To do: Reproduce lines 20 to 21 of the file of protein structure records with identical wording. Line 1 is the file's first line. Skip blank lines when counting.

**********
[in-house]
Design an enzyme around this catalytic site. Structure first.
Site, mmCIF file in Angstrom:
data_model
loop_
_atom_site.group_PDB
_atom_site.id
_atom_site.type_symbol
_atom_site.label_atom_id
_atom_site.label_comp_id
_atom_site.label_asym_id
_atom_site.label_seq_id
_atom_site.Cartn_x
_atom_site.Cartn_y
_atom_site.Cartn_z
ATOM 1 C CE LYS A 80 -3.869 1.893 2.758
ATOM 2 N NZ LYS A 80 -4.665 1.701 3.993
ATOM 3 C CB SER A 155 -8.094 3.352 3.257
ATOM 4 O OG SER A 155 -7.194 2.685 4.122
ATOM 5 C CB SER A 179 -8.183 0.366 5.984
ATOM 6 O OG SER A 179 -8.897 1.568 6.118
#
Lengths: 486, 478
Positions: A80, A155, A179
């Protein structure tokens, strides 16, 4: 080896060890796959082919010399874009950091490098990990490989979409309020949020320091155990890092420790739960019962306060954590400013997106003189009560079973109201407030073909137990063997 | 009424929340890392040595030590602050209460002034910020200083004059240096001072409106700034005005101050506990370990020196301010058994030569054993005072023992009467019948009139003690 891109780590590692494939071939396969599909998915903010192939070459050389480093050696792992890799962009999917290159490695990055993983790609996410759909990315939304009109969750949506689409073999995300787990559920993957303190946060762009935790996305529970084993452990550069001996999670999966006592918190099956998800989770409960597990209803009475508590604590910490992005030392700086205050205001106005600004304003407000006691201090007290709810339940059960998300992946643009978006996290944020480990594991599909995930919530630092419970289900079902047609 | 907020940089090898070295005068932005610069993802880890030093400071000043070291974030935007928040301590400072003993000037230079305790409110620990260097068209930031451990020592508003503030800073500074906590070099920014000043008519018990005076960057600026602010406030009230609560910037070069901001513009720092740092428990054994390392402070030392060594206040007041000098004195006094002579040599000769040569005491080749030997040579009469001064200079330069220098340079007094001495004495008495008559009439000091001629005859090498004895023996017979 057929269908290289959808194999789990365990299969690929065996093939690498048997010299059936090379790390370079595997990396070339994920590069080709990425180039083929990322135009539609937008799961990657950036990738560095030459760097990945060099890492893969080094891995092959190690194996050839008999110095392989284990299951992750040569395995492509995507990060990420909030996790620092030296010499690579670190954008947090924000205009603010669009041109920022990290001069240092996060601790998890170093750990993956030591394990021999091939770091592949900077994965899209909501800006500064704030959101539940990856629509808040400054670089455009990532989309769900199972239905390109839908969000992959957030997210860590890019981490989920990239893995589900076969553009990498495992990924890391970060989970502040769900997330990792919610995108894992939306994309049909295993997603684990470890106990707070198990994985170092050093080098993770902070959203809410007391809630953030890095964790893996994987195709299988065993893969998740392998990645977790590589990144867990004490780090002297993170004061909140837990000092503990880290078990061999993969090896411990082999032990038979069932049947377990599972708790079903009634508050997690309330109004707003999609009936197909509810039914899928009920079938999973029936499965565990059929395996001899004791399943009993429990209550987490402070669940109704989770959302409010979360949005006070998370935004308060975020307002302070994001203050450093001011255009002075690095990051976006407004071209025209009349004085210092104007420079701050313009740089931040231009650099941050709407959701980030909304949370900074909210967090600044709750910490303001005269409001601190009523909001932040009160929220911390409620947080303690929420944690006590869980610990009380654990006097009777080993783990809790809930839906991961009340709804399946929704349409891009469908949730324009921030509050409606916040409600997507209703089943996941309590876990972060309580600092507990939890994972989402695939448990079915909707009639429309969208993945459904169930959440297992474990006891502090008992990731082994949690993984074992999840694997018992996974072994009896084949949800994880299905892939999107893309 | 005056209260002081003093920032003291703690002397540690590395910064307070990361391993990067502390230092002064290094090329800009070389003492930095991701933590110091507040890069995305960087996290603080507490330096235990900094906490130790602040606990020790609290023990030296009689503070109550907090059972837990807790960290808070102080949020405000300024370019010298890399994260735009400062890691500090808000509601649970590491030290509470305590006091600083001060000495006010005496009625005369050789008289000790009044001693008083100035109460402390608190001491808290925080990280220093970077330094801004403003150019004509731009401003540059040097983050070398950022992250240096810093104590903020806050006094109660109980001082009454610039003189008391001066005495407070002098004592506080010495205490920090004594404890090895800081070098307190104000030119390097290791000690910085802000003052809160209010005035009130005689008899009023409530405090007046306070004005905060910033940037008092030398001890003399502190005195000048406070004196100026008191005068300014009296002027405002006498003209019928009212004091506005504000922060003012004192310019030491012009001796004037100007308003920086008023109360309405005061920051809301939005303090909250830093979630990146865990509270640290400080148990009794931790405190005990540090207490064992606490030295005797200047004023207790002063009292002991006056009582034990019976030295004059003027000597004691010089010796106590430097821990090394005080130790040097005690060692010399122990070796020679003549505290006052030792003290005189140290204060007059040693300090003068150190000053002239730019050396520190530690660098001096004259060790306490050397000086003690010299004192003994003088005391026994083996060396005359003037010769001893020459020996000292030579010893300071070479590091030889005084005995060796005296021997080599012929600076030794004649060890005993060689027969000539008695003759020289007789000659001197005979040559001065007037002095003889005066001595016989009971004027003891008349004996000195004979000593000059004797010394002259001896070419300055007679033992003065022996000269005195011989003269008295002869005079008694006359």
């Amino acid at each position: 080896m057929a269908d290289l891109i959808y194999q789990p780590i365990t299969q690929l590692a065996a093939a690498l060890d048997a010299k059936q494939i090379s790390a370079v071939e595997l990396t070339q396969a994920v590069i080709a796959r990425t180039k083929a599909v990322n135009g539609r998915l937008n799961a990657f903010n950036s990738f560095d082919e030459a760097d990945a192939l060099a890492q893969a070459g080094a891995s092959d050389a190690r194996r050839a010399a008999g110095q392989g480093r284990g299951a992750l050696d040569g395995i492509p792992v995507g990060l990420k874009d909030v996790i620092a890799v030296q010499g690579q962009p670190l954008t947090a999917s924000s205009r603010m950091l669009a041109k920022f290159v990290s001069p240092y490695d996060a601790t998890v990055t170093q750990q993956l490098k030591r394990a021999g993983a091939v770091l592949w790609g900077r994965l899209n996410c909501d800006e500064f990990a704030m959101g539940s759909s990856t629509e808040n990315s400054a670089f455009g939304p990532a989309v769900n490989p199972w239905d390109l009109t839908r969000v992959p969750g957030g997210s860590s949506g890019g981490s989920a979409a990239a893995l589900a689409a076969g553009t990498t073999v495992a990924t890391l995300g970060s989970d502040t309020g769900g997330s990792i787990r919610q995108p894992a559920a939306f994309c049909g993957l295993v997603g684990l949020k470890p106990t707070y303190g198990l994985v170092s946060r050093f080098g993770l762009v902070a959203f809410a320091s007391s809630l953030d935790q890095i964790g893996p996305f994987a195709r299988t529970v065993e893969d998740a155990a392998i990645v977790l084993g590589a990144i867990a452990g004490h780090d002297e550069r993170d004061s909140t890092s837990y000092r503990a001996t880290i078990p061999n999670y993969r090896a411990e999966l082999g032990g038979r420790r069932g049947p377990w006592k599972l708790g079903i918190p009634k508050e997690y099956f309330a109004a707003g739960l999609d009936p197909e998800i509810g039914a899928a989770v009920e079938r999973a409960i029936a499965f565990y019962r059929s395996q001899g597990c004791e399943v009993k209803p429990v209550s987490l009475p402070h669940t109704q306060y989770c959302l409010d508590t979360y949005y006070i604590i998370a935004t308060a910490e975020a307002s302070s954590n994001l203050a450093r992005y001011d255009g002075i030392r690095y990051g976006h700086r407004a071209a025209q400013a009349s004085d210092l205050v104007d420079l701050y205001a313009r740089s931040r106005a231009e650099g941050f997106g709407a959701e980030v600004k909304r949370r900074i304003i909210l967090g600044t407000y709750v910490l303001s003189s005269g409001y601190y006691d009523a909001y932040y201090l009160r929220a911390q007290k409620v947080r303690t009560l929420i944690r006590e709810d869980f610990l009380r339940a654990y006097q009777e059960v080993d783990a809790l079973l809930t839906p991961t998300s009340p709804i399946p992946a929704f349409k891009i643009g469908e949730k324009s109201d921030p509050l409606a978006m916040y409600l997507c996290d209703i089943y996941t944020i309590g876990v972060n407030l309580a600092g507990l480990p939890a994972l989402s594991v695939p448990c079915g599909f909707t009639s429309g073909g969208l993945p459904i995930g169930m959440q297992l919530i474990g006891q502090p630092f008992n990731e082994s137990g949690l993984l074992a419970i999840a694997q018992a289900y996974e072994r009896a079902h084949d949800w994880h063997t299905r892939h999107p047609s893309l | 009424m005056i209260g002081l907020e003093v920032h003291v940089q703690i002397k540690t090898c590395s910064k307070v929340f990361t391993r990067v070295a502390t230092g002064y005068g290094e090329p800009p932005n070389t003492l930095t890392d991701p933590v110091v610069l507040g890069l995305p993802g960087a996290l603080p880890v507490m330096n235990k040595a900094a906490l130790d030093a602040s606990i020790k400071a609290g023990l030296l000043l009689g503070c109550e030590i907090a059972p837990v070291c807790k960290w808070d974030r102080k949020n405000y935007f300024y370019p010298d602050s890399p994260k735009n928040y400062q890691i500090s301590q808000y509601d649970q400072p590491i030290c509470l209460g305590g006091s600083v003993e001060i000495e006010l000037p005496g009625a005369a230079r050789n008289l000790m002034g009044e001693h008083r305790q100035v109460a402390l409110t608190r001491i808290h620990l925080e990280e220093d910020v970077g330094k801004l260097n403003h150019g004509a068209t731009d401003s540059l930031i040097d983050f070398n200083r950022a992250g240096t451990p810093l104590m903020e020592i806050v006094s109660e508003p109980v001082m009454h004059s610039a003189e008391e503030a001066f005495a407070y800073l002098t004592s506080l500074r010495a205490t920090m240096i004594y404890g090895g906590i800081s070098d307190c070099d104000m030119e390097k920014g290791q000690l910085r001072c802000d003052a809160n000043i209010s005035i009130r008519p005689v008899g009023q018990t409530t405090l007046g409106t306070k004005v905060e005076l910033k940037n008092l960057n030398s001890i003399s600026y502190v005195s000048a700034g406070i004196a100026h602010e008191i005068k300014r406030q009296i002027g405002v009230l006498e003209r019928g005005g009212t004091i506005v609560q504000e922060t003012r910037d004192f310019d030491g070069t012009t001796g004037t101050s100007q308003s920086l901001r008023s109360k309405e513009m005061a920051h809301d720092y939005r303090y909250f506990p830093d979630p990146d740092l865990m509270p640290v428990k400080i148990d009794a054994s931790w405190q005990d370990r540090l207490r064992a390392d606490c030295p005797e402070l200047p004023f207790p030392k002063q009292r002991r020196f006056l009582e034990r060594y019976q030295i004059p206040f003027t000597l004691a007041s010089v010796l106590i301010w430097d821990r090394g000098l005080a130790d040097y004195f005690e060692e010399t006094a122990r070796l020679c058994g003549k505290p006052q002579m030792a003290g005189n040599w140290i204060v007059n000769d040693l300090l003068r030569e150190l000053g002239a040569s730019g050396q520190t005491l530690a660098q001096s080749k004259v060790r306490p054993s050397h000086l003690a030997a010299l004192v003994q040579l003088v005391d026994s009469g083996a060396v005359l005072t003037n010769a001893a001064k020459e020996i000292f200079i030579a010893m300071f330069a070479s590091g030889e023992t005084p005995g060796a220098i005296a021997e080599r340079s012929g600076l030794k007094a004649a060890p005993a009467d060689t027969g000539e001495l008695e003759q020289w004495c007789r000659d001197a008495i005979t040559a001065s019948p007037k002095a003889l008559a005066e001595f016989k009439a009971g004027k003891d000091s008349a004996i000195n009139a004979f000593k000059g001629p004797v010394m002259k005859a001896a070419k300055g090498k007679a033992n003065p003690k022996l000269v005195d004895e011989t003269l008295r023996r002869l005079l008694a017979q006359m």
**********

ATOM 5 C CB SER A 179 -8.183 0.366 5.984
ATOM 6 O OG SER A 179 -8.897 1.568 6.118